FLYING-FOX FACTS

 

BATTING ABOVE AVERAGE

Flying-foxes are hard-working little Aussies. They are FIFO workers on the night shift – flying out from their camps at dusk to feed on flowering or fruiting plants and trees. And then they do the incredibly important job of spreading pollen and seeds – up to 60,000 seeds each along a 50km stretch of land every night! When their crucial work is done, they head back to camp before dawn to sleep through the day, ready for their next shift. Their contribution to the health of our native forests cannot be overstated.

SPECIES

There are only four species of flying-fox in Australia, (three of which are often seen flying and roosting in the Hunter & Central Coast Region). Flying-foxes are nomadic mammals that travel up and down the east coast of Australia, primarily along the eastern coastal plain. Grey-headed Flying-foxes are found from Ingham (110km north of Townsville in Queensland), through New South Wales and south to Victoria (and are now even found in South Australia). Spectacled Flying-foxes are typically found north of Ingham in Queensland.  Both Black Flying-foxes and Little-Red Flying-foxes are both found in Ingham – the only town in Australia you can do this.

FAMILY AND SOCIAL STRUCTURE

Flying-foxes are intelligent, social animals that live in large colonies comprised of individuals and family groups. They roost in trees during the day and establish permanent and semi-permanent camps near food sources and for birthing.

They use various calls as a form of communication, tending to make the most noise at dawn and dusk, when flying out to feed at night or returning to camp trees to sleep during the day. They can get pretty noisy when they are disturbed, but during the day, flying-foxes are generally quiet as they are nocturnal animals.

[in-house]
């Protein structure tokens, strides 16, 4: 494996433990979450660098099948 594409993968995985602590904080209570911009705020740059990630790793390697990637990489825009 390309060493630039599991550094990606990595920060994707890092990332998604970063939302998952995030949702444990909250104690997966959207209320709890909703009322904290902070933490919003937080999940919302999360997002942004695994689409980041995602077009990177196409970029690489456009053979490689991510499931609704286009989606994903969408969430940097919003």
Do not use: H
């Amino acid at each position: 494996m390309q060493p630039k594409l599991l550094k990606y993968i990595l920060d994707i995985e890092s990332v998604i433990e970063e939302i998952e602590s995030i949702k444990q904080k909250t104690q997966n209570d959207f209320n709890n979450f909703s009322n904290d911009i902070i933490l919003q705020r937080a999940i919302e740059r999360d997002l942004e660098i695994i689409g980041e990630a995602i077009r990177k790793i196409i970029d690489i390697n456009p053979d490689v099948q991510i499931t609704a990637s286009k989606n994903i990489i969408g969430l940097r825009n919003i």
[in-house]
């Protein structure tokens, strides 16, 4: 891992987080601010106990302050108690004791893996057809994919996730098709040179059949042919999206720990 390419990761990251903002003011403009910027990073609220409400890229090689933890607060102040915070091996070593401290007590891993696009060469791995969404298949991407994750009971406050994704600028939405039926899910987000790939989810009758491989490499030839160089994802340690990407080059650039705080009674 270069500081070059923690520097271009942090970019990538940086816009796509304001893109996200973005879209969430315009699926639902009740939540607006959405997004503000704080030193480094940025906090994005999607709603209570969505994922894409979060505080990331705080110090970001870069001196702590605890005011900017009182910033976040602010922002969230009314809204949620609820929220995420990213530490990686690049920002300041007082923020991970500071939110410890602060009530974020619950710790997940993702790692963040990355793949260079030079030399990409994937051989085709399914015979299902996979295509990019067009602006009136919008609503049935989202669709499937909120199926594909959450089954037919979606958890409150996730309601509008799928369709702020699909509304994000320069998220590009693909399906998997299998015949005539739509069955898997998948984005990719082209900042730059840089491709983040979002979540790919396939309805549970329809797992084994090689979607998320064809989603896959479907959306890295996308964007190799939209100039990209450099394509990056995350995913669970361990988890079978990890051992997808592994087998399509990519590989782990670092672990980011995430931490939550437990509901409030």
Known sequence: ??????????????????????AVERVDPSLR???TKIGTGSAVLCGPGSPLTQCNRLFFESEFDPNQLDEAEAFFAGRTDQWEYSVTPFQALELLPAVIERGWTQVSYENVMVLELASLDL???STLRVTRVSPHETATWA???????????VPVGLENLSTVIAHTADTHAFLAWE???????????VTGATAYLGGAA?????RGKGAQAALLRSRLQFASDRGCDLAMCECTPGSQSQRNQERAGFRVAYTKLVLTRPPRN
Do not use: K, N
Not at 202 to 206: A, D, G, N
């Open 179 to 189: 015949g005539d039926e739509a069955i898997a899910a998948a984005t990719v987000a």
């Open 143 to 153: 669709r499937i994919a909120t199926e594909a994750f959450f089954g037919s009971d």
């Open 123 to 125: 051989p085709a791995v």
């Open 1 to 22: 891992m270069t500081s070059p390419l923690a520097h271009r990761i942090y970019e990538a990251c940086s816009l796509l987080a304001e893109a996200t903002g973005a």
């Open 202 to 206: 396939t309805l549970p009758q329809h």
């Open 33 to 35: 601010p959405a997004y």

Vital Role in our Ecosystem

VITAL ROLE IN OUR ECOSYSTEM

Flying-foxes are the largest flying mammal in Australia. They are critical in ensuring the survival of our great Australian Eucalypt forests and the overall health of our ecosystem. They are keystone pollinators of the Australian bush, pollinating flowers of over 50 native trees. The pollen sticks to their fur while they’re feeding on the nectar of flowers, and then as they fly off, they are able to pollinate many trees over long distances.
Flying-foxes create new forests by dispersing seeds from the fruit they eat. They are vegetarians that forage on the fruit of over 50 native rainforest trees and vines. Their excellent vision and keen sense of smell helps them navigate their way over vast landscapes. Each flying-fox can spread up to 60,000 seeds across a 50 kilometre stretch of land in one night.

NOTE: Flying-foxes feed on >100 species of native plants; approximately evenly divided between nectar/pollen of flowering trees (eucalyptus, melaluecas, banksias) and fruits of rainforest trees and vines.

LEAN CLEAN FLYING MACHINES

Contrary to what you may have heard, flying-foxes are very clean animals that are constantly grooming and cleaning themselves. However, they also communicate by scent. Odours are used to identify camp trees, each other, and also to attract mates. Mothers are able to locate their pups in crèche trees by their scent and calls.

BATTLING FOR SURVIVAL

Flying-fox numbers have decreased dramatically over the last 50 years due to a continual loss of habitat and changing climatic patterns. Grey-headed flying-foxes are now listed as vulnerable to extinction. Urban encroachment, land clearing, agriculture and drought have led to flying-foxes seeking alternative habitat such as patches of bushland in urban areas in which to roost and forage. This has brought them increasingly into conflict with their human neighbours. So now, more than ever, we need to find ways to co-exist with this incredibly important native species.